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Insolvency

There Is No Way Out

It is nearly impossible for the average person to comprehend the damage the US government has done to the economy. Regulations have harmed business (and consumers). The welfare state is sapping the energy from the productive sector. Growth is below par and will continue to under-perform in terms of historic norms. The standard of living has slowed and will soon turn negative. Per capita income and wealth are stagnant or down. Unemployment is grossly and deliberately understated. It is difficult for the layman to grasp what has happened or that the future will get worse.

Easier to understand is the debt burden imposed on citizens. The numbers themselves are not comprehensible. Few understand what a billion dollars is. Even fewer have any understanding of what a trillion is. Nevertheless, the rate of deterioration is apparent as these debt numbers accelerate. Regardless of how much you understand, there is one thing that can be stated unequivocally: There is no way out of the debt problem other than massive defaults.

No economic theories or policies are able to avoid this ending. The rules of mathematics now control outcomes.

There is one possible solution which would require immediate and drastic cuts in government spending. Simpson-Bowles $4 Trillion target over a ten-year period is meaningless. It doesn’t alter the spending curve. Cutbacks of a trillion or two every single year, starting today, are required. The budget must be balanced and surpluses generated to have any hope of avoiding sovereign bankruptcy.

No politician is able or willing to address this problem. Attempting to solve the problem would be political suicide for the politician or party that tried. Civil unrest would break out everywhere. Hence we get lip-service or BS solutions which are meaningless. They only extend the game a bit longer while ultimately producing more pain.

To understand the magnitude of the debt, this list from Economic Collapse is useful. Read it to understand the hopelessness of the situation:

#1 It took more than 200 years for the U.S. national debt to reach 1 trillion dollars.  In 1986, the U.S. national debt reached 2 trillion dollars.  In 1992, the U.S. national debt reached 4 trillion dollars.  In 2005, the U.S. national debt doubled again and reached 8 trillion dollars.  Now the U.S. national debt is about to cross the 16 trillion dollar mark.  How long can this kind of exponential growth go on?

#2 If the average interest rate on U.S. government debt rises to just 7 percent, the U.S. government will find itself spending more than a trillion dollars per year just on interest on the national debt.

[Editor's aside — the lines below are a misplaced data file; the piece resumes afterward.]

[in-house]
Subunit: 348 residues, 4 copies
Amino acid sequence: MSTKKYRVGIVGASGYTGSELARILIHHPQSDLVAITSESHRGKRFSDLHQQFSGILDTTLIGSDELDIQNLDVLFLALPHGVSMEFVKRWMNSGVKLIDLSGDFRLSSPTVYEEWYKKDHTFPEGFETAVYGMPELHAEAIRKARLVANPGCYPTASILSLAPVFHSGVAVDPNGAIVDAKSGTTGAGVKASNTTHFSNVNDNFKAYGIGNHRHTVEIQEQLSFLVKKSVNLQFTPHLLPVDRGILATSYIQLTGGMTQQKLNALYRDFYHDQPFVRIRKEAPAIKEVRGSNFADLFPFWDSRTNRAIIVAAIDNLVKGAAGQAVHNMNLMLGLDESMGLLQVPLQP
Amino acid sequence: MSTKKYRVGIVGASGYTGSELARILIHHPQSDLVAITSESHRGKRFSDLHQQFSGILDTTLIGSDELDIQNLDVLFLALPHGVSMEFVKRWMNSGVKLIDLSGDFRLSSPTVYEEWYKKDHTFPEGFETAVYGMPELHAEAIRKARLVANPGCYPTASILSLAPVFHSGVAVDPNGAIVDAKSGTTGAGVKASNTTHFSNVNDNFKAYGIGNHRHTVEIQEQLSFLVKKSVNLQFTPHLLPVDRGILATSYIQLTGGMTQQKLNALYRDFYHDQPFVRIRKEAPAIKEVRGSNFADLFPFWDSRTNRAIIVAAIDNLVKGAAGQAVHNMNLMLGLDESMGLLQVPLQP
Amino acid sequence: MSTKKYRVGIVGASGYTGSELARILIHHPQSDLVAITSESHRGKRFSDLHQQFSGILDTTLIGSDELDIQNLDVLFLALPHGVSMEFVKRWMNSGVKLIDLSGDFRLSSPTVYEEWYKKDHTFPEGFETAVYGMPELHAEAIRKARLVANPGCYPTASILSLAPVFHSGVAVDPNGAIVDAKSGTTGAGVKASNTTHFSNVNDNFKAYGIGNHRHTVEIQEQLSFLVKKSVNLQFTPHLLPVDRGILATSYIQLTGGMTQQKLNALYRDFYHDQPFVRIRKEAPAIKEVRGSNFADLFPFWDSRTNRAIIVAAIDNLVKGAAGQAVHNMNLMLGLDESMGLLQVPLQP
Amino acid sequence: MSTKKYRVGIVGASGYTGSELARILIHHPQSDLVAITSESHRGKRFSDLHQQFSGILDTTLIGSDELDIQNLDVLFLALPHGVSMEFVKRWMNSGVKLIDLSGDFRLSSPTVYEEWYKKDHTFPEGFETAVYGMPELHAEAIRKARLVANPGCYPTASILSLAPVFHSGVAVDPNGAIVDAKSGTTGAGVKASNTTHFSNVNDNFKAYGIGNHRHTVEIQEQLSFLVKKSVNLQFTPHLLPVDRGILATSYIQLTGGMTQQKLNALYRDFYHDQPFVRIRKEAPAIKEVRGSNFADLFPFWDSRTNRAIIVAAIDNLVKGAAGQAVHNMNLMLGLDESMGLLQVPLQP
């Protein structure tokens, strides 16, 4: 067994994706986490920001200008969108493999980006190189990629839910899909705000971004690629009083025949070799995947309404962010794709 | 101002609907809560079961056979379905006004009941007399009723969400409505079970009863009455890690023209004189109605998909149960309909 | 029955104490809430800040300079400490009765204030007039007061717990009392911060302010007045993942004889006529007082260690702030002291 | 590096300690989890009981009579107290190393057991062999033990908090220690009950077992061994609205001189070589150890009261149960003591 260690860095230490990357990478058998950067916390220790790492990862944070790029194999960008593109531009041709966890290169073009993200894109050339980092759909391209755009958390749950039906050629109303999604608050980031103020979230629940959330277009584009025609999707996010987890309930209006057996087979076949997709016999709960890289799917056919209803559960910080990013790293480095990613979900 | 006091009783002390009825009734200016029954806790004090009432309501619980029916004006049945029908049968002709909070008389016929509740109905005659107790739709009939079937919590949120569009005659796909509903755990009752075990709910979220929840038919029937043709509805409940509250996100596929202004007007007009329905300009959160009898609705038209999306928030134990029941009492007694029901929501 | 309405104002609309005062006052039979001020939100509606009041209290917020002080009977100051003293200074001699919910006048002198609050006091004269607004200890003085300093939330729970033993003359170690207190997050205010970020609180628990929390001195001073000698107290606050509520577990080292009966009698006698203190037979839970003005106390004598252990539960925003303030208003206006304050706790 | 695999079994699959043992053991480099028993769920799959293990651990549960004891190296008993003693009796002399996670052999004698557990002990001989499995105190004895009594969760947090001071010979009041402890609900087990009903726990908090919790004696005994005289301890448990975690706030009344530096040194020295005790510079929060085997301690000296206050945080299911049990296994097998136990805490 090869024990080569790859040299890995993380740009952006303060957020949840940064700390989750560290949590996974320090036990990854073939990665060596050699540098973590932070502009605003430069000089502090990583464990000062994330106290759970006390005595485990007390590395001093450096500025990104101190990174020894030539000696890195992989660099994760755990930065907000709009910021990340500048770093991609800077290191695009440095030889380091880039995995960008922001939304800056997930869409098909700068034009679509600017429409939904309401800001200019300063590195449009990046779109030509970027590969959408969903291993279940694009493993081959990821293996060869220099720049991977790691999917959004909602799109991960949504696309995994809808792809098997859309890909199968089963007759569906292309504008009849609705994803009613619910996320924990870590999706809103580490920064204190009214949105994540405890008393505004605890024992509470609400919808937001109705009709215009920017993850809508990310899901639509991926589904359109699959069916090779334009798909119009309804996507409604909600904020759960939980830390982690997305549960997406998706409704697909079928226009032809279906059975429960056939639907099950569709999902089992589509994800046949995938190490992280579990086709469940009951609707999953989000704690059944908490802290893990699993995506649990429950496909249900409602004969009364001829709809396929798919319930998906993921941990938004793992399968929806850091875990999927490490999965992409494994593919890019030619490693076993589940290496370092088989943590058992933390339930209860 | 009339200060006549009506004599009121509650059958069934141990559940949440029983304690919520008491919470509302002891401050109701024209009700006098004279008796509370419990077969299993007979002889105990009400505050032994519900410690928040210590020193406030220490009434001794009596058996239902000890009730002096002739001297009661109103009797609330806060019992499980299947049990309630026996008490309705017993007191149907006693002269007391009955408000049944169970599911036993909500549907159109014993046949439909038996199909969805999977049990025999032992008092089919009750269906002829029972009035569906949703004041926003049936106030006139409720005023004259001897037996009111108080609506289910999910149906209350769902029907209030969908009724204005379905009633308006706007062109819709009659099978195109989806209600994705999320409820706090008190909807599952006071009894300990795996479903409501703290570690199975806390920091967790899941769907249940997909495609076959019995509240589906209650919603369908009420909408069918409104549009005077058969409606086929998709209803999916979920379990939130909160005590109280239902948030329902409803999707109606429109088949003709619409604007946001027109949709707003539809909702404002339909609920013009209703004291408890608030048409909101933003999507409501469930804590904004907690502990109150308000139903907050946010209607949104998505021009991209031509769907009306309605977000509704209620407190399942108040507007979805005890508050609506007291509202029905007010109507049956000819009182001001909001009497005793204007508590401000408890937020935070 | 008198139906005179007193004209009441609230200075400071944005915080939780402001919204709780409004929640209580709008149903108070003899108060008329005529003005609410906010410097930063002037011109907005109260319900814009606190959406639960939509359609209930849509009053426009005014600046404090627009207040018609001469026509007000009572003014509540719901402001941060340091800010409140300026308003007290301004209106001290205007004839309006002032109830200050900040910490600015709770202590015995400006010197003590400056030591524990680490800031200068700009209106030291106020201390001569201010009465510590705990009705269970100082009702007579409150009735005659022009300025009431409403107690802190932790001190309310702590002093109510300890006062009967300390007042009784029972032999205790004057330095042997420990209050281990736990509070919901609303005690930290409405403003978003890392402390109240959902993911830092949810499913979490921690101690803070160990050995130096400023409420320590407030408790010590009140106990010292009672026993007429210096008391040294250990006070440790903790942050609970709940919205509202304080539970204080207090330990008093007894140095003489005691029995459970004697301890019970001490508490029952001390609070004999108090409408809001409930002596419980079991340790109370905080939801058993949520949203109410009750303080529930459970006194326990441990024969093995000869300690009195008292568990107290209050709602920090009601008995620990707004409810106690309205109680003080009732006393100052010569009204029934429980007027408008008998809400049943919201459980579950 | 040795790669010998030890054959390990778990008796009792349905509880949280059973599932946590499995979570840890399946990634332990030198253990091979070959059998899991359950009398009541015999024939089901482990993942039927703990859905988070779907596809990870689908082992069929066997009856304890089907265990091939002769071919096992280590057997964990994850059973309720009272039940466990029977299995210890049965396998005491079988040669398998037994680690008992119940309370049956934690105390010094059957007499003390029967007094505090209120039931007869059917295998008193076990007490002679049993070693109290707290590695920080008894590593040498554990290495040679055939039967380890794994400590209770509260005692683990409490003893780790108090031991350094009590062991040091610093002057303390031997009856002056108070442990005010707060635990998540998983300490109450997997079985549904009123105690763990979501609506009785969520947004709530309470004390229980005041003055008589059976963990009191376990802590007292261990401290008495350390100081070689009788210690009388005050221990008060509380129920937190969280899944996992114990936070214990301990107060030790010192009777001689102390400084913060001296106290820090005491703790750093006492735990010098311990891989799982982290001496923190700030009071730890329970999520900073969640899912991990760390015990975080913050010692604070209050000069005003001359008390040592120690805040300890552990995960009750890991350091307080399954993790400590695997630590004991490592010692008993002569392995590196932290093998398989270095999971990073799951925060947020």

#3 If right this moment

Measured Properly, Things Are Much Worse Than You Are Being Told

Little the government does is efficient or effective. As this becomes more apparent to increasing numbers of people, government resorts to propaganda and lies to hide the true condition.

Nowhere is this duplicity more prevalent than in the reporting of economic information. Anyone with above a room temperature IQ marvels at the claims that employment is improving or that the unemployment rate is going down. Similar amazement occurs with other economic claims which contradict every day experience. Reported inflation statistics is just one example of the contradiction.

Statistical methodology is routinely changed to make numbers look better (or less worse). Collection techniques are changed for the same reason. None of this chicanery is new. It began with President Kennedy on a small scale and then accelerated under his successors. Sometimes the government outright lies in order to present things in a better light.

Two major areas, little understood by most in the public, are especially egregious:

Gross Domestic Product

Government accounting for GDP is filled with questionable practices to make the numbers look better. According to Shadowstats.com, GDP over the years has been the beneficiary of “Pollyanna Creep” which he describes as follows:

… where changes made to the series invariably have had the effect of upping near-term economic growth. Whether the change was to deflate GDP using “chain-weighted” instead of “fixed-weighted” inflation measures, to capitalize rather than expense computer software purchases, or to smooth away the economic impact of the September 11th terrorist attacks, upside growth biases have been built into reported GDP with increasing regularity since the mid-1980s.

The effect between government reported GDP and John Williams’ adjusted GDP “reflects the inflation-adjusted, or real, year-to-year GDP change, adjusted for distortions in government inflation usage and methodological changes that have resulted in a built-in upside bias to official reporting” and have become substantial over the years. Graphically, the two measures are plotted below:

According to Mr. Williams, adjusted GDP has been stagnant or declining since

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